Curriculum Guide · Courses
Chinese Law Seminar
Professor James Feinerman
J.D. Seminar 059 (cross-listed) | 3 credit hours
This seminar is intended to provide a general introduction to the nature and function of law in the People's Republic of China (PRC) and to Chinese attitudes toward selected international legal questions. Topics considered include: substantive, procedural, and institutional aspects of criminal and civil law in the PRC; Chinese views on the nature and sources of international law and its role in international society as exemplified in theory and practice, with particular attention to Chinese attitudes toward human rights; and practical legal problems arising from commercial and diplomatic interaction between the U.S. and the PRC, such as foreign investment and contract negotiation, protection of intellectual property, and provisions under U.S. law for carrying on commercial relations with Taiwan and Hong Kong. These topics will be considered in the context of their historical and political backgrounds in an effort to illuminate continuities between traditional and contemporary Chinese legal institutions. Students are encouraged to compare the nature and role of law in the West and the PRC. The assigned reading consists chiefly of English language translations of primary Chinese source materials, including cases, statutes, contracts, treaties, trade agreements, and jurisprudential writings.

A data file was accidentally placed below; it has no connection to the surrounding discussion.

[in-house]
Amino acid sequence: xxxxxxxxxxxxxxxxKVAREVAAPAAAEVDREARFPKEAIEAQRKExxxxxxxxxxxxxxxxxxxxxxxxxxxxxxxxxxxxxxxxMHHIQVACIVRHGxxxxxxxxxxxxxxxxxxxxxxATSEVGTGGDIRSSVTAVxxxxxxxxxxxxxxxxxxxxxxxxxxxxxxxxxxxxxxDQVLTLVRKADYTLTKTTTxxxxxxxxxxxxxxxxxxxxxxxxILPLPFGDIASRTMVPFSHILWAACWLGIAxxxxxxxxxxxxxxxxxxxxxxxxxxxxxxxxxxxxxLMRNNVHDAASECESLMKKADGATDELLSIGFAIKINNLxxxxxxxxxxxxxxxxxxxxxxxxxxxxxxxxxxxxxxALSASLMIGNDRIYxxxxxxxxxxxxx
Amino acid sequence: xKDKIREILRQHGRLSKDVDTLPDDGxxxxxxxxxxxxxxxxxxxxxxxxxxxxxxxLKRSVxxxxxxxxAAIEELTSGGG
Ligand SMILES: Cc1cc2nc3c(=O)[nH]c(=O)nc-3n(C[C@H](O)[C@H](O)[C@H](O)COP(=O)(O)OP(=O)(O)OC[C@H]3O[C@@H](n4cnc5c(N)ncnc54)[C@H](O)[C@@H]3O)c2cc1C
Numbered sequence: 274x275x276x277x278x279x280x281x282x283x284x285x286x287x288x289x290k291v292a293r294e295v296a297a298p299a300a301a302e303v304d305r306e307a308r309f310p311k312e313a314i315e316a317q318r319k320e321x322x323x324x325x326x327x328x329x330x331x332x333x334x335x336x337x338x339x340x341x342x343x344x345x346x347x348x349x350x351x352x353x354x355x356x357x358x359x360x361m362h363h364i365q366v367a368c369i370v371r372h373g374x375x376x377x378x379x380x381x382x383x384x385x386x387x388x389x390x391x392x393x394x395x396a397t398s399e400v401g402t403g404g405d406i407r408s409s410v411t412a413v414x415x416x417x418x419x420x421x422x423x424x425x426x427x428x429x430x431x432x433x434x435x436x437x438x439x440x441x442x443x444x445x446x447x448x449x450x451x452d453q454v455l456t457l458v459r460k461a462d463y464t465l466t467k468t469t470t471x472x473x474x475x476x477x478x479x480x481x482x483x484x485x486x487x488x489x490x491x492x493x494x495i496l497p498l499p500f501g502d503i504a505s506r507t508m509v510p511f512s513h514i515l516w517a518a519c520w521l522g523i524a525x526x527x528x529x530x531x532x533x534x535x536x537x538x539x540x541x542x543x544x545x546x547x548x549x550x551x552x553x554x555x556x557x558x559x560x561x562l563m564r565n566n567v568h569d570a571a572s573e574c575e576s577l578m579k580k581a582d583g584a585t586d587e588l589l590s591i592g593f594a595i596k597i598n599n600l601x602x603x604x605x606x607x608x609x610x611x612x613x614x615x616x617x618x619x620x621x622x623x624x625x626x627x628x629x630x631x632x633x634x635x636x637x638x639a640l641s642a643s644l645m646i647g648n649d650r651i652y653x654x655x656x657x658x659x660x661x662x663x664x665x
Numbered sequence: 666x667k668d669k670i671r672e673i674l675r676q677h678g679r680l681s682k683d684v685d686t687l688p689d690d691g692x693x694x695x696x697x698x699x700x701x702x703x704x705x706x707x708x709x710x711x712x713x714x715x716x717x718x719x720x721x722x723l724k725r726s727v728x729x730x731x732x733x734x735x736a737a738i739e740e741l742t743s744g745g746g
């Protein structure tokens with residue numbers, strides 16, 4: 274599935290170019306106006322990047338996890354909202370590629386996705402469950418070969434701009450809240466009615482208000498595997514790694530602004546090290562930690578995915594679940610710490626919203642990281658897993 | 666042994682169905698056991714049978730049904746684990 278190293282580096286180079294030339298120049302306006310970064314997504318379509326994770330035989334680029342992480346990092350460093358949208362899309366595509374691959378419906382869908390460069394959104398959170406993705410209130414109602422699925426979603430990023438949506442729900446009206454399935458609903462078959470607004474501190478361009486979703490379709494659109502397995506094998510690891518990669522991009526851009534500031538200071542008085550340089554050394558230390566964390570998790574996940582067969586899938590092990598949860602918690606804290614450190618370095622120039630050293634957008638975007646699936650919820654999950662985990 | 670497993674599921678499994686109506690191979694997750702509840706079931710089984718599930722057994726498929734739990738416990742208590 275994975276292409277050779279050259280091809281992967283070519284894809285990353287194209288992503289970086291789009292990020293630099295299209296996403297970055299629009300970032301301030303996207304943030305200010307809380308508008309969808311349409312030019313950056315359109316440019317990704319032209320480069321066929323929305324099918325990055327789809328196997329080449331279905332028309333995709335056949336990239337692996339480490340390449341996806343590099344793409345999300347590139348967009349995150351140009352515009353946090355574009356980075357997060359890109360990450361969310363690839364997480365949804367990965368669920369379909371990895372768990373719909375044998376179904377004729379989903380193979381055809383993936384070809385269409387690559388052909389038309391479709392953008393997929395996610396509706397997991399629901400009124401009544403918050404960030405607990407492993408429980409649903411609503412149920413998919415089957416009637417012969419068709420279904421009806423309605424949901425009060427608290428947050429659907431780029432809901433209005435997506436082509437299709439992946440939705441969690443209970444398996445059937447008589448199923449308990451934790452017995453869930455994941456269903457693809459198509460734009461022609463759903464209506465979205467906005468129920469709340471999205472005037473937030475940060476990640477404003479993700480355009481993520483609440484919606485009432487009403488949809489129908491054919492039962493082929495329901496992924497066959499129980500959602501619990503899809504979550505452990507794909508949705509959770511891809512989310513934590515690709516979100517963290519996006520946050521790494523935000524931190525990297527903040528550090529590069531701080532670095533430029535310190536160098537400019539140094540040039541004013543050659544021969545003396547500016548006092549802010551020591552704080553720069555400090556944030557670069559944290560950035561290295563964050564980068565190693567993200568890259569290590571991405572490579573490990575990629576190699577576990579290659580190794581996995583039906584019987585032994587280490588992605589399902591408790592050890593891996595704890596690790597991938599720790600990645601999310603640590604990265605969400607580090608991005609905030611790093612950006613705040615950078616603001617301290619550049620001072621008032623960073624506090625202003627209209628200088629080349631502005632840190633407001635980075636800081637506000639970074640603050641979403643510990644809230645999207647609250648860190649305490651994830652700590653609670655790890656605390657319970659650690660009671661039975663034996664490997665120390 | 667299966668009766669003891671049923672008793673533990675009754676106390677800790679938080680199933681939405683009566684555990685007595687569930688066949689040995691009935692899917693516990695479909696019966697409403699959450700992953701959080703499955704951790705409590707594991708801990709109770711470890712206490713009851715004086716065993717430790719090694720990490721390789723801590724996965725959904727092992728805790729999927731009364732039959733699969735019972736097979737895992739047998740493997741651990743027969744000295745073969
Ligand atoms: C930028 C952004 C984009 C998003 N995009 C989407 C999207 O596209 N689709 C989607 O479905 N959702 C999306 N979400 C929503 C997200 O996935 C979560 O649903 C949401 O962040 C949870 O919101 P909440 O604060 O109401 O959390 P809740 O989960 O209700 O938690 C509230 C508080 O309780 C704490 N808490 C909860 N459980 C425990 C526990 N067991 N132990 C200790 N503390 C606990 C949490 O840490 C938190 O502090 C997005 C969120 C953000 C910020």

Recommended: Comparative Law.